Thursday, December 8, 2016

Feature: Rx For Better Health: Get Outdoors! Special New Year’s Day Hikes On Tap

It’s that time of the year again when our waistlines get a little tighter from the food and festivities of the holiday season. For some, stress levels increase which also can lead to weight gain and other health issues.
A new year is upon us and we make New Year’s resolutions to live healthier lives. Many purchase gym memberships and exercise equipment that goes on sale. But, what if we told you that you getting healthier and happier doesn’t require gym memberships and tons of exercise equipment?
What if we said that you can get healthier and reduce stress by just getting out and enjoying the outdoors?
In addition to getting fresh air and discovering the wonders of nature, outdoor recreation can help obesity, heart disease, diabetes, and mental health issues.
During the past few years, numerous studies and articles have been published connecting health and happiness to outdoor recreation. But did you need a study to tell you that? Haven’t you ever noticed that you felt better after engaging in outdoor activities?
Studies have shown that spending time in a natural setting with trees, plants, or water can: Boost your immune system; Lower your blood pressure; Improve your mood; Reduce stress; Increase your ability to focus; Increase your energy; and Improve your sleep.
In addition, engaging in regular outdoor activity provides a number of physical health benefits as well, including lower blood pressure, reduced arthritis pain, weight loss, and lowered risk of diabetes, certain cancers, osteoporosis, and cardiovascular disease.
The U.S. Centers for Disease Control and Prevention suggests that adults perform at least 150 minutes of moderate exercise, such as biking or walking; or 75 minutes of intense activity, such as hiking or cross country skiing every week.
Instead of the same scenery in a gym, try taking your workout outdoors with some of these popular year-round outdoor activities:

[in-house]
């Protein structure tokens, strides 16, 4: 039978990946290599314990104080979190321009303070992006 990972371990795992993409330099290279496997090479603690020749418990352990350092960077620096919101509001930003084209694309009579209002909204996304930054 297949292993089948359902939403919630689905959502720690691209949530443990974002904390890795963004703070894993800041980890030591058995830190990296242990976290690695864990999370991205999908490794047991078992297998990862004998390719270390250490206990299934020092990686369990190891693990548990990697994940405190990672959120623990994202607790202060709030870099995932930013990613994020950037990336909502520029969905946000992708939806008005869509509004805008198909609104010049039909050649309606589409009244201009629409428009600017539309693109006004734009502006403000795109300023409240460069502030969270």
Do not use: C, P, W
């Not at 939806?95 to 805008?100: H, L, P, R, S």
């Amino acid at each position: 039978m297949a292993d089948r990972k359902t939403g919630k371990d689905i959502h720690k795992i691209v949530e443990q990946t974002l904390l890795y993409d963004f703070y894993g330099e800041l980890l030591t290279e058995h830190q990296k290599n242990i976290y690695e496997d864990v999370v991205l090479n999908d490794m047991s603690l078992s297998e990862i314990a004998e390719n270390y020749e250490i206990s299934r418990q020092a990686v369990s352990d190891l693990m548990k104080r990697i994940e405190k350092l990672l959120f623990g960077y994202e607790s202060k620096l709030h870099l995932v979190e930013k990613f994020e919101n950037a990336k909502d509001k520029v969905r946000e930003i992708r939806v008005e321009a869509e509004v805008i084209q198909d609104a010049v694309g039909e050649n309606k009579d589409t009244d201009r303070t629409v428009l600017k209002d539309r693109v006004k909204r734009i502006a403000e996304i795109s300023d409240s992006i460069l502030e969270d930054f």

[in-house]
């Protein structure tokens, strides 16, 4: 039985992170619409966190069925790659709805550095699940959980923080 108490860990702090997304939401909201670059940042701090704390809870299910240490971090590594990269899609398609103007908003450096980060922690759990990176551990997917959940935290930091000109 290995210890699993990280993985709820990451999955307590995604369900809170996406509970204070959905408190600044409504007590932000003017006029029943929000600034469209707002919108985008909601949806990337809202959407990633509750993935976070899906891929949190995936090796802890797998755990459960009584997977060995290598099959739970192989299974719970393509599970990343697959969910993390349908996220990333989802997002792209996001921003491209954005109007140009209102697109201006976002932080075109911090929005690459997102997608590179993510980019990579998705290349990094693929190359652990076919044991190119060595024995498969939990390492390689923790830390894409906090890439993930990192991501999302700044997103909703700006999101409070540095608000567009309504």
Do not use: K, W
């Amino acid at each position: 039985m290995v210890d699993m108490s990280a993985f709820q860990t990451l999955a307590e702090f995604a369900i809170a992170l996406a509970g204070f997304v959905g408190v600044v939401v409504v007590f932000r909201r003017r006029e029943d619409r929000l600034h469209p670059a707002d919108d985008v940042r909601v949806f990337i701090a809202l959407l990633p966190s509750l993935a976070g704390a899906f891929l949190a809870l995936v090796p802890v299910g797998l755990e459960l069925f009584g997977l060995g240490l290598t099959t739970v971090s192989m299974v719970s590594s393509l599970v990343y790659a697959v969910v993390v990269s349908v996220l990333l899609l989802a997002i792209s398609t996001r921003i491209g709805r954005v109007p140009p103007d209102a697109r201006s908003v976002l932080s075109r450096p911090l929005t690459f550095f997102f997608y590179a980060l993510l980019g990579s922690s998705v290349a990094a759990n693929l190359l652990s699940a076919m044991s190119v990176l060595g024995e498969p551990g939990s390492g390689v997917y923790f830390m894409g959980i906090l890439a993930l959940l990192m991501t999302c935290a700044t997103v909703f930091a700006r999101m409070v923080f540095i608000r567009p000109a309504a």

-- Walking: A brisk 30 minute walk a day is all it takes to burn calories, tone your muscles, and improve your health. Someone who weighs 150 pounds and walks a normal pace for 60 minutes can burn as much as 250 calories, and more with brisk walking or walking uphill.
-- Biking: Biking burns more calories than walking, is gentle on your joints, and is great for strengthening your leg muscles. The amount of calories you burn biking depends on how much you weigh and how fast you cycle. A 150-lb. person biking at less than 10 mph will burn 270 calories in 60 minutes.
-- Trail Hiking: Hiking is a powerful cardio workout that exercises almost every part of your body. A 160-lb person can burn between 430 and 440 calories per hour of hiking. The more you weigh, the more calories you burn in an hour of hiking. In addition, when you hike at a high intensity for 45 minutes, you’ll burn an additional 190 calories after you are done with hiking later in the day.
Don’t let the winter season prevent you from enjoying the outdoors. For those times when snow is on the ground, try either snowshoeing or cross-country skiing:
-- Snowshoeing: This low-impact activity provides a cardio workout that burns more calories than walking, running, hiking, or biking. Depending on the terrain, speed you are walking, and depth of snow, a 150-pound adult can easily burn 450 calories in an hour.
-- Cross Country Skiing: This low-impact, full-body cardio workout burns more calories than most activities while also building muscle. The average person burns 400 to 500 calories per hour cross country skiing at slow pace. Moderate cross country skiing burns 500-550 calories in an hour.
New Year’s First Day Hikes
Start the New Year with a resolution to improve your health by spending more time outdoors.
Let DCNR help by joining us for one of our free, guided First Day Hike events on January 1 at state parks and forests.
Check out DCNR’s Calendar of Events for a First Day Hike near you. Check back often as first day hikes still are being added.
Don’t get discouraged if there are no First Day Hikes near you, Gather some family and friends and take a first day hike on your own at a local park near you.
With more than 5,800 local parks across the state, you can find a place to recreate outdoors on January 1st and the rest of the year!
For more information, visit DCNR’s website, Click Here to sign up for the Resource newsletter, Click Here to be part of DCNR’s Online Community,  Click Here to hook up with DCNR on other social media-- Facebook, Twitter, YouTube and Flickr.
(Reprinted from the December 7 DCNR Resource newsletter.  Click Here to sign up for your own copy.)

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